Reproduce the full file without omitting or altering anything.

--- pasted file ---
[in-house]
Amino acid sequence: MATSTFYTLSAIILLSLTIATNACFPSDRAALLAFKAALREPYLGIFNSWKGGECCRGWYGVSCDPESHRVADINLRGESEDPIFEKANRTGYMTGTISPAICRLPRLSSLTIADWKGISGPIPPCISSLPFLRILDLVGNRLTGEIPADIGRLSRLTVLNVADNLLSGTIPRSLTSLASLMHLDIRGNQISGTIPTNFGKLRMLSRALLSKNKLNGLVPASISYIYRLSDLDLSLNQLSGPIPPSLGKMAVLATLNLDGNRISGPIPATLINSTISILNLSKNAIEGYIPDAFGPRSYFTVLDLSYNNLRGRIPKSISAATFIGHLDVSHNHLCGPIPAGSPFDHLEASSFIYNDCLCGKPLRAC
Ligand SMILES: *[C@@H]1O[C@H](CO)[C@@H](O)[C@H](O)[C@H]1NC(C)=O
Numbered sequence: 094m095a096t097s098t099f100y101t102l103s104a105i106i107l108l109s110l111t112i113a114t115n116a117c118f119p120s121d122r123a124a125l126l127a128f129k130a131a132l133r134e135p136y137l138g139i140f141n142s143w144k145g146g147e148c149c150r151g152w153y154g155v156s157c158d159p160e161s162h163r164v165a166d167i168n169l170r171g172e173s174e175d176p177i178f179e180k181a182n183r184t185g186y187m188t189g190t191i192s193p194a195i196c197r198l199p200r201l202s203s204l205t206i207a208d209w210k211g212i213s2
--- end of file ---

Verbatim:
[in-house]
Amino acid sequence: MATSTFYTLSAIILLSLTIATNACFPSDRAALLAFKAALREPYLGIFNSWKGGECCRGWYGVSCDPESHRVADINLRGESEDPIFEKANRTGYMTGTISPAICRLPRLSSLTIADWKGISGPIPPCISSLPFLRILDLVGNRLTGEIPADIGRLSRLTVLNVADNLLSGTIPRSLTSLASLMHLDIRGNQISGTIPTNFGKLRMLSRALLSKNKLNGLVPASISYIYRLSDLDLSLNQLSGPIPPSLGKMAVLATLNLDGNRISGPIPATLINSTISILNLSKNAIEGYIPDAFGPRSYFTVLDLSYNNLRGRIPKSISAATFIGHLDVSHNHLCGPIPAGSPFDHLEASSFIYNDCLCGKPLRAC
Ligand SMILES: *[C@@H]1O[C@H](CO)[C@@H](O)[C@H](O)[C@H]1NC(C)=O
Numbered sequence: 094m095a096t097s098t099f100y101t102l103s104a105i106i107l108l109s110l111t112i113a114t115n116a117c118f119p120s121d122r123a124a125l126l127a128f129k130a131a132l133r134e135p136y137l138g139i140f141n142s143w144k145g146g147e148c149c150r151g152w153y154g155v156s157c158d159p160e161s162h163r164v165a166d167i168n169l170r171g172e173s174e175d176p177i178f179e180k181a182n183r184t185g186y187m188t189g190t191i192s193p194a195i196c197r198l199p200r201l202s203s204l205t206i207a208d209w210k211g212i213s2